Document


Title

Using topography to model and monitor fire cycles in Banff National Park
Document Type: Conference Paper
Author(s): M. P. Rogeau; I. Pengelly; M. J. Fortin
Editor(s): R. T. Engstrom; K. E.M. Galley; W. J. de Groot
Publication Year: 2004

Cataloging Information

Keyword(s):
  • Abies lasiocarpa
  • age classes
  • Alberta
  • Alberta
  • Banff National Park
  • Canada
  • catastrophic fires
  • conifers
  • distribution
  • elevation
  • fire cycles
  • fire frequency
  • fire management
  • fire management
  • fire regimes
  • FRCC
  • ignition
  • land management
  • landscape ecology
  • Larix lyallii
  • montane forests
  • national parks
  • Picea engelmannii
  • Picea glauca
  • Picea mariana
  • Pinus contorta
  • Populus balsamifera
  • Populus tremuloides
  • Pseudotsuga menziesii
  • stand characteristics
  • stand-age patterns
  • statistical analysis
  • subalpine forests
  • topography
  • topography
  • wildfires
Record Maintained By:
Record Last Modified: June 1, 2018
FRAMES Record Number: 42443
Tall Timbers Record Number: 17518
TTRS Location Status: In-file
TTRS Call Number: Tall Timbers shelf
TTRS Abstract Status: Okay, Fair use, Reproduced by permission

This bibliographic record was either created or modified by the Tall Timbers Research Station and Land Conservancy and is provided without charge to promote research and education in Fire Ecology. The E.V. Komarek Fire Ecology Database is the intellectual property of the Tall Timbers Research Station and Land Conservancy.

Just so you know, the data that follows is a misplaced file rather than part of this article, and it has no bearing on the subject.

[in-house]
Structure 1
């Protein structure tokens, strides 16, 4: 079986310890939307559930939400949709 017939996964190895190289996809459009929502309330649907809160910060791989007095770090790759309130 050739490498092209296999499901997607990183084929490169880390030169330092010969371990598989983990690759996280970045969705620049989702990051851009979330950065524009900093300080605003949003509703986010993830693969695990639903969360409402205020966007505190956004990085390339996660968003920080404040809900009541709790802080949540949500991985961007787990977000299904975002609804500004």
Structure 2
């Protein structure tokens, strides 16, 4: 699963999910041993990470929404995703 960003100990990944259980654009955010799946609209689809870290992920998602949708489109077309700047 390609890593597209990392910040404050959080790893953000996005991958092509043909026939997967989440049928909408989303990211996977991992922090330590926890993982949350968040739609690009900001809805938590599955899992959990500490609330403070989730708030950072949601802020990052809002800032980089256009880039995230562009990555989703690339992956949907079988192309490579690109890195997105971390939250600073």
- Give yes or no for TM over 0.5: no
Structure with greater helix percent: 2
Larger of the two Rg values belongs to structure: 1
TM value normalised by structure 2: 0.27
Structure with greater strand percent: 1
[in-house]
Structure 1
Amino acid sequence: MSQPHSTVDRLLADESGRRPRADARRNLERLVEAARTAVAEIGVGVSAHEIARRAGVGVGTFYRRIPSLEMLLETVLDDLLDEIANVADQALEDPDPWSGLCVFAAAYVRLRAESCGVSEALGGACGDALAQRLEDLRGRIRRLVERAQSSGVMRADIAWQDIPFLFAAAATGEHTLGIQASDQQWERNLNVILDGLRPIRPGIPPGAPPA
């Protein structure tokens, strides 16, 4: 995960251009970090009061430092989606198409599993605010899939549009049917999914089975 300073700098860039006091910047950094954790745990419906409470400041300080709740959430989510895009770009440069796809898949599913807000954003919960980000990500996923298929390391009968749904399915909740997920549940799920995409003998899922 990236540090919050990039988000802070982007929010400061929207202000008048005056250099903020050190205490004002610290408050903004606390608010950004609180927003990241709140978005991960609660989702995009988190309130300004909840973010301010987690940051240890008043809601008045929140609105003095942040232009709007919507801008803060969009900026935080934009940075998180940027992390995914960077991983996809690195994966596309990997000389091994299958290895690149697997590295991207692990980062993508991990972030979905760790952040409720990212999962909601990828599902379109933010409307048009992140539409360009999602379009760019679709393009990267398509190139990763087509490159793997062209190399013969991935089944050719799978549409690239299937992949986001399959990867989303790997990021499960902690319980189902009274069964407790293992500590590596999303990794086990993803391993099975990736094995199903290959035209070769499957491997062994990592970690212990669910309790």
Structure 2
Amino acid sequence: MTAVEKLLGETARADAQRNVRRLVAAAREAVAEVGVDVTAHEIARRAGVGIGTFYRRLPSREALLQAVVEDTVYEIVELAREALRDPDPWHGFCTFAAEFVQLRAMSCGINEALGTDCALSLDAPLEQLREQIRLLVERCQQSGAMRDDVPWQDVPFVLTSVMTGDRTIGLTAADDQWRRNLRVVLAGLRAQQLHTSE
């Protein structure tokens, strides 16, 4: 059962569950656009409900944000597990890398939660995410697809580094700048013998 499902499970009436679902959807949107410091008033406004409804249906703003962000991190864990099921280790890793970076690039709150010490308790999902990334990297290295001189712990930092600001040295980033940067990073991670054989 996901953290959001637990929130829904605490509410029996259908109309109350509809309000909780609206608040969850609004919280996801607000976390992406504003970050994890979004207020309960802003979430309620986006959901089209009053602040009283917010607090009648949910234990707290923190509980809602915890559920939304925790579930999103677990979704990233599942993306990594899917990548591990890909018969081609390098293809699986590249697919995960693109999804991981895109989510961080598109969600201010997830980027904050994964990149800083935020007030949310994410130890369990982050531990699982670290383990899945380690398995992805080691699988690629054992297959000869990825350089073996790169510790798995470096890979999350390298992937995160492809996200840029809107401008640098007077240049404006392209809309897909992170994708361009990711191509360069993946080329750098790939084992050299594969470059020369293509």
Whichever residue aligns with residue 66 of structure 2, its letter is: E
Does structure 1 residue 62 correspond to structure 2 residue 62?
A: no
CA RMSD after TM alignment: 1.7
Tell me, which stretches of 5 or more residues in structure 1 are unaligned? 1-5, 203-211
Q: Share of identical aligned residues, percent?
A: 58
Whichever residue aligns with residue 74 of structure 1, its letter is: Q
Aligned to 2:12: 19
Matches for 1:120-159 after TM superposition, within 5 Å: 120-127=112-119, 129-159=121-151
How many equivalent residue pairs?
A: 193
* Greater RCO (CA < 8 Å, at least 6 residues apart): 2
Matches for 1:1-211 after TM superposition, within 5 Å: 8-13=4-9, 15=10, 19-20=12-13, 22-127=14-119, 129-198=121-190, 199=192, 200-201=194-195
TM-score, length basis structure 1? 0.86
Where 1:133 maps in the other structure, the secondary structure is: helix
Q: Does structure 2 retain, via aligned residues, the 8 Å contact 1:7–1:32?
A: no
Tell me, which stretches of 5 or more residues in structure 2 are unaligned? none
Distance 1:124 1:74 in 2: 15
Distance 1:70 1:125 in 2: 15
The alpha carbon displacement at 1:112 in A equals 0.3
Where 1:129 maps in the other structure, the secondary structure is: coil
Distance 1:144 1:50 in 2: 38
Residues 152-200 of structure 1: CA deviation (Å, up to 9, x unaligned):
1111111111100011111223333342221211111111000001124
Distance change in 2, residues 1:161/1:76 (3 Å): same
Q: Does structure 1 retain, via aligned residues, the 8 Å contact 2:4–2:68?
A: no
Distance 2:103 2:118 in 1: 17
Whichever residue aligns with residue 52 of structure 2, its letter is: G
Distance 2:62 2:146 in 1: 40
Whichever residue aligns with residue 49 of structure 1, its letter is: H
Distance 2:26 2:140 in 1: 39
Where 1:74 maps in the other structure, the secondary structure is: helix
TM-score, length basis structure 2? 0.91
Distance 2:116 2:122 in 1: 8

Description

The fire management goal in Banff National Park is to maintain or restore, where possible, historical fire regimes. Fire cycles are an important component of a fire regime, and historical fire cycles provide a reference to guide the use of prescribed fire. Weather, climate, vegetation, and ignition are strongly influenced by the extremely rugged topography in the park, resulting in fire cycles that vary spatially. By analyzing a forest stand-origin database, we found that four variables (valley orientation, elevation, aspect, and proximity to the Continental Divide) explained 64% and 70% of the variation of stand-age patterns (i.e., fire cycles) in subalpine and montane ecoregions, respectively. Based on this information, historical fire cycles in Banff National Park were mapped in 50-year fire cycle classes. For each fire cycle class, the areas burned by wildfire and prescribed fires were tabulated and subtracted from the theoretical mean fire activity to determine the fire deficit (or surplus) within each of the park's land management units. These data can help managers to prioritize areas for burning and provide a method to monitor the prolonged effects of prescribed and wildfires through time. © 2004, Tall Timbers Research, Inc.

Citation:
Rogeau, M. P., I. Pengelly, and M. J. Fortin. 2004. Using topography to model and monitor fire cycles in Banff National Park, in Engstrom, R. T., Galley, K. E. M., and de Groot, W. J., Proceedings 22nd Tall Timbers Fire Ecology Conference: Fire in temperate, boreal, and montane ecosystems. Kananaskis Village, Alberta, Canada. Tall Timbers Research, Inc.,Edmonton, Alberta, Canada [imperial Printing Ltd.]. p. 55-69,